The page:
Maintaining a good credit history throughout your lifetime is a worthy goal, but retiring with good credit is even more important for a variety of reasons. When you’re young, it seems like you have a long time to rectify bad credit scores, and you do. However, if you wait until too late in life to try and improve them, you may face retirement with marginal credit, which can affect your retirement years dramatically. If you have good score sense, credit will not be a problem during retirement; but if you don’t have a good sense of your score, retirement can be a struggle.
Each credit bureau uses your credit report to calculate a FICO number – also known as your credit score. Fifteen percent of your total FICO score is based on the length of your credit history. As you near retirement, it’s more difficult to repair accounts that have not been kept in good standing because they have a long negative record and a short positive record of payment. This will lower your credit score, and it may be impossible to reverse. A free credit report will show you where you presently stand with all of your accounts.
Taking out short-term credit, like credit cards, also damages your FICO scores. In retirement, it may be difficult to make ends meet financially, and relying on credit cards as supplemental income may seem to be the panacea. As tempting as it is, avoid opening new credit cards and incurring debt, because you need your credit score to be high just in case you need it for other reasons.
If each credit bureau reports a low credit score at the time you retire, improving that number will be much more difficult because you will have less debt and fewer credit accounts during retirement. If you wait until you retire to borrow money short term, it will count against your score, not help it. And no retiree wants to take on long-term debt just to improve a credit score.
Retiring with a good credit score is important because so many different institutions today use your credit history to determine if you’re trustworthy and reliable. It doesn’t matter whether it’s accurate or fair, it’s just a reality. And the number of companies using your credit report is rising, so the trend is likely to continue, making your credit score even more important in the future.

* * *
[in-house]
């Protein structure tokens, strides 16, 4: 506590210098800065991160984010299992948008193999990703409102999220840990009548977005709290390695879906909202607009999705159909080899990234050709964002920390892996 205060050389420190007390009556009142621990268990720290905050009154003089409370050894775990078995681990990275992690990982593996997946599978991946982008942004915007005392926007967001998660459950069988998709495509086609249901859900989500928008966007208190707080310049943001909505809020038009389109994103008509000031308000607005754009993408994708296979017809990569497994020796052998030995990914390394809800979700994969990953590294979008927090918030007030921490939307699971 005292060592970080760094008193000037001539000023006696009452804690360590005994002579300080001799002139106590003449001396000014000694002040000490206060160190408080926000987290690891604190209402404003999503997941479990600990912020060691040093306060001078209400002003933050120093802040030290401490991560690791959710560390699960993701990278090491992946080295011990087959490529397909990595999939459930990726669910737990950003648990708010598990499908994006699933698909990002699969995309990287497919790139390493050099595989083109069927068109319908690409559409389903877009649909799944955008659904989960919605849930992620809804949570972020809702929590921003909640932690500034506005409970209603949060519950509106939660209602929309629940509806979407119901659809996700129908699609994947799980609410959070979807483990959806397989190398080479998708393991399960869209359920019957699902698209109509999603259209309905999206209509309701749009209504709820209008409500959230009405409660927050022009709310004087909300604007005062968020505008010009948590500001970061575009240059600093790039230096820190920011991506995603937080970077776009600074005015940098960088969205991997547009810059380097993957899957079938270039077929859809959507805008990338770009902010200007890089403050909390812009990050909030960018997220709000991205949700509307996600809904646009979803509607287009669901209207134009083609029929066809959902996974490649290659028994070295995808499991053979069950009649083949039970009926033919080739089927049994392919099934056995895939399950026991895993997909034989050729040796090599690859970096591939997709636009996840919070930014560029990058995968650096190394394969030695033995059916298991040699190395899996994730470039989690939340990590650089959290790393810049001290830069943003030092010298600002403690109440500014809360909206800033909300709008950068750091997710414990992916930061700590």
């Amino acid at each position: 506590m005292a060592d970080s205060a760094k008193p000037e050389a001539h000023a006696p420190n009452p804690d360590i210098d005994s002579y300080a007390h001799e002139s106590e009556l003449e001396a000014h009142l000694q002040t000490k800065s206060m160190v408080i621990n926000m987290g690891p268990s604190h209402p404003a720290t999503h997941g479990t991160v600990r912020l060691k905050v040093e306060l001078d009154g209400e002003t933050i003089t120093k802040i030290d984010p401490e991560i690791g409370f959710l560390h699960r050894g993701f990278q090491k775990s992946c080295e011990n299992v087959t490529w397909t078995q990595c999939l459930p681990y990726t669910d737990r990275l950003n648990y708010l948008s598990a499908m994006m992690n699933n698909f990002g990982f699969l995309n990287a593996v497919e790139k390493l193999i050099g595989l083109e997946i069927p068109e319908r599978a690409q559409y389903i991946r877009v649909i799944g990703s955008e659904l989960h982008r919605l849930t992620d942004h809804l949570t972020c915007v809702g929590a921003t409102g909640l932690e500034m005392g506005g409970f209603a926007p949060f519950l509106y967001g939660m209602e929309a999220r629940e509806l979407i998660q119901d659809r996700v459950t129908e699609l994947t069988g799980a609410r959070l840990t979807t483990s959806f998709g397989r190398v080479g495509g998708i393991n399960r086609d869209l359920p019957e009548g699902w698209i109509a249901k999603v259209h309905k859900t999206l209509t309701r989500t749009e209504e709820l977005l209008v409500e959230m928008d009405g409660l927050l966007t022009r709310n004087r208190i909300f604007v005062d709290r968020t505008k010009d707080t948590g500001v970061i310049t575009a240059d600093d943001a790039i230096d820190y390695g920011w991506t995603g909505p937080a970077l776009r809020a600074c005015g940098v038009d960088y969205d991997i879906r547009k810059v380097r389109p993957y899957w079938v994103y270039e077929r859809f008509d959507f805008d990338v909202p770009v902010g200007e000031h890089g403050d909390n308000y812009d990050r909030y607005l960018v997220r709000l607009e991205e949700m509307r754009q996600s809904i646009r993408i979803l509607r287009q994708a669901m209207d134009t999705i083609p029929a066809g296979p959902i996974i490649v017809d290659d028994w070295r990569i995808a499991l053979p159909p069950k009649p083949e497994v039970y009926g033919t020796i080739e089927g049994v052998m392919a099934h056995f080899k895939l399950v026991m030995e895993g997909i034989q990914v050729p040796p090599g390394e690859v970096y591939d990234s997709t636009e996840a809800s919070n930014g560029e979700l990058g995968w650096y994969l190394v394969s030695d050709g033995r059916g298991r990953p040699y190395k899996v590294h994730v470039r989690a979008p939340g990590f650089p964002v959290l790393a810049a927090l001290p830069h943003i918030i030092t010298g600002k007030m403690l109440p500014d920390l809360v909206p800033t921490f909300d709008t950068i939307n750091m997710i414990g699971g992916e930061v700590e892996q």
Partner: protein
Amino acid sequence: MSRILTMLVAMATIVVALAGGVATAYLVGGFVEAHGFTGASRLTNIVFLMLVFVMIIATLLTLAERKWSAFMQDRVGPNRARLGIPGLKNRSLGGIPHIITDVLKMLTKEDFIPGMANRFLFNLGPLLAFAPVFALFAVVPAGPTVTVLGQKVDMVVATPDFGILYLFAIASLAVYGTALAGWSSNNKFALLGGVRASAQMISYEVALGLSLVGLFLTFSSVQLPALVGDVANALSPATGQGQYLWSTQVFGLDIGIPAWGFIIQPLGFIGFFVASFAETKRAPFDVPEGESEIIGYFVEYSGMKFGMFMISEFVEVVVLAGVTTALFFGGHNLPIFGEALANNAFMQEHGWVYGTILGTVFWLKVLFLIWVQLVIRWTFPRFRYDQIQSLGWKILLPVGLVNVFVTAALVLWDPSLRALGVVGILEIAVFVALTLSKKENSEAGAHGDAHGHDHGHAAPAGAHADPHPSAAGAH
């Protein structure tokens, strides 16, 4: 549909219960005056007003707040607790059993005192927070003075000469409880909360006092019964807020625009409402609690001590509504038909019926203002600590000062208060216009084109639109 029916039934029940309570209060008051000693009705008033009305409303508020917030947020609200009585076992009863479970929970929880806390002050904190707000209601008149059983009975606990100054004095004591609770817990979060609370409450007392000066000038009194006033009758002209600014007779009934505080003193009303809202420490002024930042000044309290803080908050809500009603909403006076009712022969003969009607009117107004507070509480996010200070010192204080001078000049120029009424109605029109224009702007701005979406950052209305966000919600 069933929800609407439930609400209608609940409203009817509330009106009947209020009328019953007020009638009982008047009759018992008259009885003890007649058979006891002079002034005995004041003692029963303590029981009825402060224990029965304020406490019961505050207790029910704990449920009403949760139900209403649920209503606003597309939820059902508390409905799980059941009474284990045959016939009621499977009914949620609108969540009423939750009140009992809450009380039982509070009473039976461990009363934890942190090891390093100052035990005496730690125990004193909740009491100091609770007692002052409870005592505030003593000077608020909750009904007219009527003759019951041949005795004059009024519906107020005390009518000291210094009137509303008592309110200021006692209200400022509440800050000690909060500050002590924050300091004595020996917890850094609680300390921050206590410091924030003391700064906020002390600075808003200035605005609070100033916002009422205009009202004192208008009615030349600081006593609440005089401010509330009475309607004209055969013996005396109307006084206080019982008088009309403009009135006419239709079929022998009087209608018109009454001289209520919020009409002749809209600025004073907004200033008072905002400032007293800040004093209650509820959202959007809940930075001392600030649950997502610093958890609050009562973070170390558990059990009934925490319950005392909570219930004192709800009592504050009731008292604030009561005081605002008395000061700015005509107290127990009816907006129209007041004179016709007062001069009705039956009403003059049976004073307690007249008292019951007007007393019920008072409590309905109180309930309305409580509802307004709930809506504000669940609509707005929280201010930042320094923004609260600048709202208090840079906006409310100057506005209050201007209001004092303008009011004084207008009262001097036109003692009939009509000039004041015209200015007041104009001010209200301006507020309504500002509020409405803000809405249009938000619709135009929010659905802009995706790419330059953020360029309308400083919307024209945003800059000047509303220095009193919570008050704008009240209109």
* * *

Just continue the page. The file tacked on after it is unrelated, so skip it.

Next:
If you need to get a job after retirement to supplement your income, your potential employer will likely pull your credit reports to see if you’re reliable. If you want an insurance policy, the insurance company will most likely check your credit before determining the premiums. And if you need to move out of your house and into an apartment, the landlord probably will check your credit score as an indication of how responsible you’ll be about paying rent on time. If your score is low, you may have to pay a higher security deposit, or your application might be denied altogether.
Check your credit status now by getting a free credit report from each of the three credit bureaus. Do everything you can to improve your credit scores before you retire, because after that it will be very difficult to raise low credit scores, and so much of what you may want to do during retirement can be impacted by those scores. Subscribing to a credit monitoring service like ScoreSense can help you get your credit back on track to ensure that you enjoy retirement.
If you want to have your credit scores in excellent shape before retiring, subscribe to ScoreSense at www.ScoreSense.com. They can help you make sense of your credit scores, and help you get your credit reports in shape to raise your scores.